There are many models that provide healthcare professionals with a filter in how they view and asses occupational challenges that individuals encounter. The occupational adaptation (OA) model is based on the assumption that the more adaptable an individual is, in an ever-changing environment, the more functional they become (Schultz, 2014).
This assumption is what separates the OA model from other models (Schultz, 2014). The person-environment-occupation (PEO) model, for example, typically assesses environmental barriers which impede an individual’s functional performance and make modifications to the environment to improve occupational performance (Brown, 2014).
While the PEO model is successful in promoting the best fit between an individual, their environment, and their occupation (Brown, 2014), other healthcare professionals find success through the use of the OA model by promoting adaptability within the environment (Schultz, 2014).
History of Occupational Adaptation
The theory of occupational adaptation was developed by Janette Schkade and Sally Schultz in 1992 at Texas Woman’s University (Schultz, 2014). Schkade and Schultz were part of the faculty who was challenged by the dean of the program at Texas Woman’s University to develop a Ph.D. program in occupational therapy (Schultz, 2014).
It was agreed upon that occupation and adaptation were important concepts of occupational therapy (Schultz, 2014). When the Ph.D. program was established, occupational adaptation was foundational to their philosophy and research (Schultz, 2014). The focus of the theory of occupational adaptation is to enhance overall performance (Schultz, 2014). By developing this theory, Schkade and Schultz’s goal was to develop adaptive skills and successfully achieve personal adaptation. Furthermore, the theory of occupational adaptation is based on the relationship between occupational performance and human adaptation (Schultz, 2014).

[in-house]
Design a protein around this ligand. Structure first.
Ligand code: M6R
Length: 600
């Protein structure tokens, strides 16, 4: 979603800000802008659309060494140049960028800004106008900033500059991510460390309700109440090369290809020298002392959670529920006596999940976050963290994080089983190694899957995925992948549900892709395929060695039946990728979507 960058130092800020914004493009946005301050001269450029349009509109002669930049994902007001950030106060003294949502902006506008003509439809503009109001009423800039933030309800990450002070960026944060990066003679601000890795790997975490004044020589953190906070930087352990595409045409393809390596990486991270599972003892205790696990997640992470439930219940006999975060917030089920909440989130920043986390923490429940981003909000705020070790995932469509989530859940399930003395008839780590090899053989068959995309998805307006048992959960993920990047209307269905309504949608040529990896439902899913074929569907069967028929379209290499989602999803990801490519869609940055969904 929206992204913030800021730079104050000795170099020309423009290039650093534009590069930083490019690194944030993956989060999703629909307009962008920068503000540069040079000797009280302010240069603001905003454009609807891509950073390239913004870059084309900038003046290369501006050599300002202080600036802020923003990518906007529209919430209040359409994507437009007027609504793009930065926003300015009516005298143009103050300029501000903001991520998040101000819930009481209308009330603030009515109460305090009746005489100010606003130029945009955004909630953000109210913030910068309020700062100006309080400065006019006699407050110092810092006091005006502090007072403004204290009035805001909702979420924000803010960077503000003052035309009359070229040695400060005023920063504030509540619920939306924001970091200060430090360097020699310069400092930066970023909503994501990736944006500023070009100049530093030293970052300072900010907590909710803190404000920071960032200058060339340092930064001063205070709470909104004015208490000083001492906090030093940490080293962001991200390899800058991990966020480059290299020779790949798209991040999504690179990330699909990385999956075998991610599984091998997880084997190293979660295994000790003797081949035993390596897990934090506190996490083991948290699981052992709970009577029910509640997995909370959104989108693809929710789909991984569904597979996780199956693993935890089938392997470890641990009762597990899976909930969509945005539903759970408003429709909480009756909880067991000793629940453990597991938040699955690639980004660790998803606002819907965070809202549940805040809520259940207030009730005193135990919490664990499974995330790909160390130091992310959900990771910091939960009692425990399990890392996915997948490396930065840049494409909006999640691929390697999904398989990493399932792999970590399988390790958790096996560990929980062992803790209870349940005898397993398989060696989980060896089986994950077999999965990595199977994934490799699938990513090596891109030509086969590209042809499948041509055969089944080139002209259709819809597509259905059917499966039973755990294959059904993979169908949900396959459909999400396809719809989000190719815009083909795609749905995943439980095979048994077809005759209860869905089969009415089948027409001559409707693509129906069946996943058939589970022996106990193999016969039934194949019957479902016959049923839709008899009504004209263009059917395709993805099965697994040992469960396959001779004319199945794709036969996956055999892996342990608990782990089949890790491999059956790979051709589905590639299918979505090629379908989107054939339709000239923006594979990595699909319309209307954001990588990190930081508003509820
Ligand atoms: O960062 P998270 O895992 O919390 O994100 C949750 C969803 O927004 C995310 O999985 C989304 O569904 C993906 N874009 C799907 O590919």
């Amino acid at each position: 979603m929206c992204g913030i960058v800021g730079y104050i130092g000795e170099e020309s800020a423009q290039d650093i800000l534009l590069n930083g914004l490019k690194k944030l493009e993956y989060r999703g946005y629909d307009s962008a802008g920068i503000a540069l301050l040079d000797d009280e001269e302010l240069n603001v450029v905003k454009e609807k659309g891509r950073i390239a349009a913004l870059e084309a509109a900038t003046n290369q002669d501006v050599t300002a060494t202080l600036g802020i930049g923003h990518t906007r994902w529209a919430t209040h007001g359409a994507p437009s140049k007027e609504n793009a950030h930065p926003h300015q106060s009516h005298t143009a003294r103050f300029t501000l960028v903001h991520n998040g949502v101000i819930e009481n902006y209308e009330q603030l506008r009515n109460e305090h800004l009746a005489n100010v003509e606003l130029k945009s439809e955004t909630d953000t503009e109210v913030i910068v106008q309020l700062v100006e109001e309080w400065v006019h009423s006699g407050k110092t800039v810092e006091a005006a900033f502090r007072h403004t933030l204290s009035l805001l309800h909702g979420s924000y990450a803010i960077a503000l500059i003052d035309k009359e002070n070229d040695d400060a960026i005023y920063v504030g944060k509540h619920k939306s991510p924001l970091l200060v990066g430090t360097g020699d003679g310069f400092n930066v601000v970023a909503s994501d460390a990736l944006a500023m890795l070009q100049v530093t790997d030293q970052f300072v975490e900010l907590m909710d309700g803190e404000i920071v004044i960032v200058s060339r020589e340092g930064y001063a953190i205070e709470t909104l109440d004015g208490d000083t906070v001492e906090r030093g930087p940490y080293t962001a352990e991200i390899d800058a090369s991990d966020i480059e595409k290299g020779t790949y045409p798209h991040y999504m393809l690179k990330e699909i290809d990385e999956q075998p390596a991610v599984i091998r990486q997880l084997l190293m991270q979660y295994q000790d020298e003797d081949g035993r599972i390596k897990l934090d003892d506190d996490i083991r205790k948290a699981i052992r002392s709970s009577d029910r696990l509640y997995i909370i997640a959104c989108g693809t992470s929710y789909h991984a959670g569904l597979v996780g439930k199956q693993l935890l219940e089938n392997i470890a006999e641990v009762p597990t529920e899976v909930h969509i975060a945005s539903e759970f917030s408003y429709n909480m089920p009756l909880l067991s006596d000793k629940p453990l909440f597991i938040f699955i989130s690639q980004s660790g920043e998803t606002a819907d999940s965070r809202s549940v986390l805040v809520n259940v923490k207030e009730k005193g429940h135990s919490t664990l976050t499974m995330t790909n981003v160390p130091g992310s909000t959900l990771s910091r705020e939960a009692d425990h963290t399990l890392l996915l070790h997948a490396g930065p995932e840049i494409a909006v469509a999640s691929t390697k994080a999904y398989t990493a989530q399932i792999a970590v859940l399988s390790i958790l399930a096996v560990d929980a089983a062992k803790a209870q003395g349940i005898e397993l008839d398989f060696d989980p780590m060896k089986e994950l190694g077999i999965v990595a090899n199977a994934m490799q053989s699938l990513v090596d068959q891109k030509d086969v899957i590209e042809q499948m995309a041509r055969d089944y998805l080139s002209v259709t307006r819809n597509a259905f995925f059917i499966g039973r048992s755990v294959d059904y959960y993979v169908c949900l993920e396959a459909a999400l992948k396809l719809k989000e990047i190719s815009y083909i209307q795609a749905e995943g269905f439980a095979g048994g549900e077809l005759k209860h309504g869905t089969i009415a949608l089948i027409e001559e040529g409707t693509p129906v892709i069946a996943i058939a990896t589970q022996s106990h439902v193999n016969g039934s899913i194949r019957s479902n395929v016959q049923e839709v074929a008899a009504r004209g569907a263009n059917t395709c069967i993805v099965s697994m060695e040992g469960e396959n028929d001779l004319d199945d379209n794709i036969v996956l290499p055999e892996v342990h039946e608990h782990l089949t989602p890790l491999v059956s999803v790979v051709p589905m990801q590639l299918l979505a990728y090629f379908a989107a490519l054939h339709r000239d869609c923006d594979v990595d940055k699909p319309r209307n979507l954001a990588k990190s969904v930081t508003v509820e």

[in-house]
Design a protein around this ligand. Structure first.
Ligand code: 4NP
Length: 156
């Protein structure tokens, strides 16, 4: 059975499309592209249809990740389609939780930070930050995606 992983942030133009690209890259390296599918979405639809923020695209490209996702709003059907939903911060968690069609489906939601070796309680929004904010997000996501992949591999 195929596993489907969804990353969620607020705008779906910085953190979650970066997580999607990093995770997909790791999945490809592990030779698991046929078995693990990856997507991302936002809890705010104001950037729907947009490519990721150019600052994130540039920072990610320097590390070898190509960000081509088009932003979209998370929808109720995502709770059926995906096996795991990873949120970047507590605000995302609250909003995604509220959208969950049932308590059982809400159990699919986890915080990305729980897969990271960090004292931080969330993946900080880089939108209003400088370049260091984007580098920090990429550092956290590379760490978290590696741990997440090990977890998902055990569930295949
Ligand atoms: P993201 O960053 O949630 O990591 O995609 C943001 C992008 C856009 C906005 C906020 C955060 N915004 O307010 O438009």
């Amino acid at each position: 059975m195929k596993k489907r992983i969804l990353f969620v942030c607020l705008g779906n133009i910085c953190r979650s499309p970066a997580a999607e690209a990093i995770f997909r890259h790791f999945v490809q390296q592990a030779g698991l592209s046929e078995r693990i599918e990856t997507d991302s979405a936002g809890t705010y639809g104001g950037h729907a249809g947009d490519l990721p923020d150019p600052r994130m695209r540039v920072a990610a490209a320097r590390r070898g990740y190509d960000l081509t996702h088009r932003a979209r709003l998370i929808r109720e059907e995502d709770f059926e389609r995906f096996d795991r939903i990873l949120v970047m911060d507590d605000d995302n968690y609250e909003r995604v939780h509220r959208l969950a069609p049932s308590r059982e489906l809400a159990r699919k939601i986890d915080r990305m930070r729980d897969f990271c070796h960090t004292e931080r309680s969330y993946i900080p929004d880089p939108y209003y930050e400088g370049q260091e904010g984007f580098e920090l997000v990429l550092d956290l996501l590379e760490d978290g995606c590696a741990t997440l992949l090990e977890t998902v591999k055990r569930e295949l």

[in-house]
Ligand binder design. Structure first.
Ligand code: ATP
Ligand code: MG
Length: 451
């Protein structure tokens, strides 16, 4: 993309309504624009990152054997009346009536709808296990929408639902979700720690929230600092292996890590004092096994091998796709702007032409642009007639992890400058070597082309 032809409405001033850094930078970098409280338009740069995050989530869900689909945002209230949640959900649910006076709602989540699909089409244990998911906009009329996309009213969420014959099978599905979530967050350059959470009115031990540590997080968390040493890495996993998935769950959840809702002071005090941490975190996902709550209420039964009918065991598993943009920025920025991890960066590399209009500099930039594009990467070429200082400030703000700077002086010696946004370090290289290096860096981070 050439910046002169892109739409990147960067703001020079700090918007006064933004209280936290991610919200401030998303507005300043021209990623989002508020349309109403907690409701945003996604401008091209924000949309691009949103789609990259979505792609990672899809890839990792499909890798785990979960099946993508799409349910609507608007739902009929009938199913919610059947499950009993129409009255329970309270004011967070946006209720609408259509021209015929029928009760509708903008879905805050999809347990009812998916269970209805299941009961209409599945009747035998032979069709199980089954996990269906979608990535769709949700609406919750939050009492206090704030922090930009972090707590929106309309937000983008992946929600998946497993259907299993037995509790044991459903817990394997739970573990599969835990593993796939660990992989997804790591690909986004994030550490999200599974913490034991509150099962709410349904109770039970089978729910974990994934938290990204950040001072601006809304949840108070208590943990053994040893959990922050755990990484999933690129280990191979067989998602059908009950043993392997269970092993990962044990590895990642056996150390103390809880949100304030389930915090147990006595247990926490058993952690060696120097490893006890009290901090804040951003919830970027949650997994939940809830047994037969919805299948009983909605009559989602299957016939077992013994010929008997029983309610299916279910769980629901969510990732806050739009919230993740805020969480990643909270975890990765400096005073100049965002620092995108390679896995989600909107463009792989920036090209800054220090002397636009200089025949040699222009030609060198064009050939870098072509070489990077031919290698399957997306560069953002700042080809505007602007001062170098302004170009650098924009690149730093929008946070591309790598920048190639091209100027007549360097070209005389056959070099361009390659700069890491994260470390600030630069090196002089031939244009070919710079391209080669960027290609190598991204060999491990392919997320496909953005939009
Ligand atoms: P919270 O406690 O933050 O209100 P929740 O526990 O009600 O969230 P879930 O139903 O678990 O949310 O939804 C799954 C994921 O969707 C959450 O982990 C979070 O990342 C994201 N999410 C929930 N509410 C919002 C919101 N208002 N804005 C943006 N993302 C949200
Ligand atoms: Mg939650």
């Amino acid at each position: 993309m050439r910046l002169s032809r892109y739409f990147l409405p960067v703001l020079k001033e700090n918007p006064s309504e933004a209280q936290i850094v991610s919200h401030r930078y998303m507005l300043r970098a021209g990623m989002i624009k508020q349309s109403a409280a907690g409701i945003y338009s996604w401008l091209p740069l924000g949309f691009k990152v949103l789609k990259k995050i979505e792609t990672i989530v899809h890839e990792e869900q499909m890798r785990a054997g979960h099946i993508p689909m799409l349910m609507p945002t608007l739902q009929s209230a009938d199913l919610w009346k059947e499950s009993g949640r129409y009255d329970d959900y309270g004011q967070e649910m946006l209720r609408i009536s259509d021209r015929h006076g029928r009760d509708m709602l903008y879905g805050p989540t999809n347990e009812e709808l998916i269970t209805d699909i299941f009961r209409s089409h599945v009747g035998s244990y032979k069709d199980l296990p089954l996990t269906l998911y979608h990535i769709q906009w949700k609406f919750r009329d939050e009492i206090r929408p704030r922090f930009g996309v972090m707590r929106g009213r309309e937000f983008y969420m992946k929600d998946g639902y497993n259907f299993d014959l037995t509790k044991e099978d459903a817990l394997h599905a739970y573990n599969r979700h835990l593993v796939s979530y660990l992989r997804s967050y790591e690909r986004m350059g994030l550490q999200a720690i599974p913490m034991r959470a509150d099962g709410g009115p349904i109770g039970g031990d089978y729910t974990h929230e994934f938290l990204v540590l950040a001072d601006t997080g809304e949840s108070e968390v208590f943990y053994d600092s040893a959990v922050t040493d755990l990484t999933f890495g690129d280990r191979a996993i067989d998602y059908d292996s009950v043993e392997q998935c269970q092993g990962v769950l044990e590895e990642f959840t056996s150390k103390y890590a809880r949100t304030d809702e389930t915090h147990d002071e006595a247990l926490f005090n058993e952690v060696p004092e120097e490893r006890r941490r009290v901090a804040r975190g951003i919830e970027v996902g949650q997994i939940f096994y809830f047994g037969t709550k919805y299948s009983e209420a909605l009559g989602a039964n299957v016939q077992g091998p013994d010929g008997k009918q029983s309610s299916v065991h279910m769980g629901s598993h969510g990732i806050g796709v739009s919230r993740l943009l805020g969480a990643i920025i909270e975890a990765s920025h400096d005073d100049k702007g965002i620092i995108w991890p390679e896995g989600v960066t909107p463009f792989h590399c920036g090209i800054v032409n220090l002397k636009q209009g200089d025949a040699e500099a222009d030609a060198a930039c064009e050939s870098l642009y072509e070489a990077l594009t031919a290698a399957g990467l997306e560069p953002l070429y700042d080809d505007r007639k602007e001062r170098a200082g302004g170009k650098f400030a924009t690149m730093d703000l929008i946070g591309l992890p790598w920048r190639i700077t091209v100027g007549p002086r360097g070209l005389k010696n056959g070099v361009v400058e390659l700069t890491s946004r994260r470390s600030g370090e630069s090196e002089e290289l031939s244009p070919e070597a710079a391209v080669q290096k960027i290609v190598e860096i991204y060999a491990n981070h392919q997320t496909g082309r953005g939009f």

Occupational Adaptation Theory
Occupational performance is defined as having the ability to carry out roles, routines, and tasks in response to demands of the environment (Ranka, J., & Chapparo, C. 1997). The OA theory emphasizes the influence of the interaction between the environment and an individual on occupational performance (Schultz, 2014).
Schkade and Schultz found that the more adaptive a person becomes, the more functional they are which improves overall occupational performance. Personal adaptation is defined as an ongoing change of order and disorder, and reorganization (Schultz, 2014). The environment is an area that is largely out of one’s control; to be functional in an ever-changing area, it is best to adjust to the given circumstance (Schultz, 2014). Schematic Schkade, J. K., ; Schultz, S. (1992)